What robotics has done for the medical industry in unprecedented. When I saw a medical robot alter someone's eye to correct the vision without human interaction, I was blow away. And that was almost 8 years ago.  The da'vinci robot is another example, aiding doctors to be more precise and controlled. Shakey hands are a worry of the past. Watch some of the da'vinvi robot videos on youtube, and you will agree. More robots are needed.

C

Mydesign
User Rank
Platinum
Re: Robots in Super Speciality Hospitals
Mydesign   12/6/2012 10:42:54 PM
NO RATINGS
1 saves
Ann, you are right. As of now robots are assisting the surgeons and nurses for carrying out certain task in surgical room and they won't capable to handle any task independently. But no doubt, in future they can with little bit of analytical and fuzzy logic.

Ann R. Thryft
User Rank
Blogger
Re: Creepy, yet nice
Ann R. Thryft   12/5/2012 4:57:07 PM
NO RATINGS
Morris, what a terrifying thought--but it also gave me a laugh. Let's hope it's not Windows... We've written about the da Vinci system several times on the DN site, including our earlier medical robot slideshow: http://www.designnews.com/author.asp?section_id=1386&doc_id=240513

Morris
User Rank
Iron
Re: Creepy, yet nice
Morris   12/5/2012 4:39:02 PM
NO RATINGS
The unsettling thought comes when you want to ask your surgeon what operating system the robot uses, but then you decline to ask, realizing you really don't want to know.

The da Vinci Surgical System fits into the category of machines featured in the slideshow, and has numerous advantages over conventional surgery.

Ann R. Thryft
User Rank
Blogger
Re: Robotic product development
Ann R. Thryft   12/5/2012 1:25:38 PM
NO RATINGS
Marketing@Farm, thanks for the input from people working to productize some of this amazing technology and develop it further. Your company's work on the MAKO robotic arm looks especially interesting.

Page 1/2  >  >>
Partner Zone
More Blogs
Biomimicry and 3D printing have come together in new swarming ant and butterfly robots that act very much like their insect counterparts, the inventions of German robotics firm Festo.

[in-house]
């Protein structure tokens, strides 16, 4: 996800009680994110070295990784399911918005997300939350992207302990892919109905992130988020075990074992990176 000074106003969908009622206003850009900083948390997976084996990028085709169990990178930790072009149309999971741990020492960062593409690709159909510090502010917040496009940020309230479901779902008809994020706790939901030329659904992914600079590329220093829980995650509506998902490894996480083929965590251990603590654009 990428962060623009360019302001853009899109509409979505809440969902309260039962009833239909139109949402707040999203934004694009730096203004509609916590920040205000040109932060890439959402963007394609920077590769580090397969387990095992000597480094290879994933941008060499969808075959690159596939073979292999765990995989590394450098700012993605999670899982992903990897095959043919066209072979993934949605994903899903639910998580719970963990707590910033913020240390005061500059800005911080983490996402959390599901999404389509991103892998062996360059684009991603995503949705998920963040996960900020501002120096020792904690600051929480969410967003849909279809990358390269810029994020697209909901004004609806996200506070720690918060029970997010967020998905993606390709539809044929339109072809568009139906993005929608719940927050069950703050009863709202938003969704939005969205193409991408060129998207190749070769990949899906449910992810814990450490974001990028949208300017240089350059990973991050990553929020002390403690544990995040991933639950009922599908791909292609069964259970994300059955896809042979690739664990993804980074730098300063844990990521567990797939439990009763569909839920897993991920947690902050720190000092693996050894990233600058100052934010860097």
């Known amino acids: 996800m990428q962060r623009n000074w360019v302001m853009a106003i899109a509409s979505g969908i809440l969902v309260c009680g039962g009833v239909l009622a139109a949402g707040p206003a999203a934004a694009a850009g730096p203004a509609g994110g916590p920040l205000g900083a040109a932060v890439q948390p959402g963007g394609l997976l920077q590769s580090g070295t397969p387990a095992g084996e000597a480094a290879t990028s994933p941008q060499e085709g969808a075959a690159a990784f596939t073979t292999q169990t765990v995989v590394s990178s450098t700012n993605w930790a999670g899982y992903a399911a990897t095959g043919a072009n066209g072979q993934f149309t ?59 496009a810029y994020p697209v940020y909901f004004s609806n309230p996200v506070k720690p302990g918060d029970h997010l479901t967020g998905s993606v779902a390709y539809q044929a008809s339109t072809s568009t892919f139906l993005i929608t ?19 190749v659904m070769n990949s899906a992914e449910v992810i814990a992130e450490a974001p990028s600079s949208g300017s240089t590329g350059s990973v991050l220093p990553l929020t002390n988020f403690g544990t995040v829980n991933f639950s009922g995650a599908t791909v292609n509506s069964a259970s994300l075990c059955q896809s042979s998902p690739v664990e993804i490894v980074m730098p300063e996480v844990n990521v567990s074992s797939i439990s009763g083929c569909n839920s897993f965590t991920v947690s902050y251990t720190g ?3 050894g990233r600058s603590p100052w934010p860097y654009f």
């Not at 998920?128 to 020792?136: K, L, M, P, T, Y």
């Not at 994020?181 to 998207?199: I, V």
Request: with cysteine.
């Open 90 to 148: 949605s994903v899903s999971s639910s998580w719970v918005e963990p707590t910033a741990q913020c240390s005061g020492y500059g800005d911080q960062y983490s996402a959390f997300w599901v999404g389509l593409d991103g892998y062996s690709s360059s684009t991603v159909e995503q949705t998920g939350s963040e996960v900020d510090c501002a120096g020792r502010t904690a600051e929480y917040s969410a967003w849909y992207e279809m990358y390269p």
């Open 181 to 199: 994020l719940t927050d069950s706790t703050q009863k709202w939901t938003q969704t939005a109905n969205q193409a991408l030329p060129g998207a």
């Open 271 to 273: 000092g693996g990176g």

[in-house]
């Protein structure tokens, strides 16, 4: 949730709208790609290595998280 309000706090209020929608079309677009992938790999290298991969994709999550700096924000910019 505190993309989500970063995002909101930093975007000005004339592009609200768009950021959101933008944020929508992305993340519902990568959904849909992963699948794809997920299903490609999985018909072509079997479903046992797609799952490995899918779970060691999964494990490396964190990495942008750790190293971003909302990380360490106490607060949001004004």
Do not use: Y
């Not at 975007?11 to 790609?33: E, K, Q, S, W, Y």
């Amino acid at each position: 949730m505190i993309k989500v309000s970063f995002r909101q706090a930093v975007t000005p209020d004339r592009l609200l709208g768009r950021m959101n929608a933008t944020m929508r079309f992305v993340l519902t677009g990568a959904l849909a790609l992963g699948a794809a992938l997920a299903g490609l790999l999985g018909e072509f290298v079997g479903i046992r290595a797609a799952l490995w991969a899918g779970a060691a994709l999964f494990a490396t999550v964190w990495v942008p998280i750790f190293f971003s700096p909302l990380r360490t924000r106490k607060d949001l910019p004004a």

Samsung's Galaxy line of smartphones used to fare quite well in the repairability department, but last year's flagship S5 model took a tumble, scoring a meh-inducing 5/10. Will the newly redesigned S6 lead us back into star-studded territory, or will we sink further into the depths of a repairability black hole?
Fifteen European research centers have launched EuroCPS to help European companies develop innovative products for the Internet of Things.
In 2003, the world contained just over 500 million Internet-connected devices. By 2010, this figure had risen to 12.5 billion connected objects, almost six devices per individual with access to the Internet. Now, as we move into 2015, the number of connected 'things' is expected to reach 25 billion, ultimately edging toward 50 billion by the end of the decade.
NASA engineer Brian Trease studied abroad in Japan as a high school student and used to fold fast-food wrappers into cranes using origami techniques he learned in library books. Inspired by this, he began to imagine that origami could be applied to building spacecraft components, particularly solar panels that could one day send solar power from space to be used on earth.
Design News Webinar Series
3/31/2015 11:00 a.m. California / 2:00 p.m. New York
2/25/2015 11:00 a.m. California / 2:00 p.m. New York
12/11/2014 8:00 a.m. California / 11:00 a.m. New York
5/7/2015 11:00 a.m. California / 2:00 p.m. New York
Quick Poll
The Continuing Education Center offers engineers an entirely new way to get the education they need to formulate next-generation solutions.
Apr 20 - 24, Taking the Internet of Things to the Cloud
SEMESTERS: 1  |  2  |  3  |  4  |  5  |  6 |  7


Focus on Fundamentals consists of 45-minute on-line classes that cover a host of technologies. You learn without leaving the comfort of your desk. All classes are taught by subject-matter experts and all are archived. So if you can't attend live, attend at your convenience.
Last Archived Class
Sponsored by Proto Labs
Learn More   |   Login   |   Archived Classes
Twitter Feed
Design News Twitter Feed
Like Us on Facebook

Sponsored Content

Technology Marketplace

Copyright © 2015 UBM Canon, A UBM company, All rights reserved. Privacy Policy | Terms of Service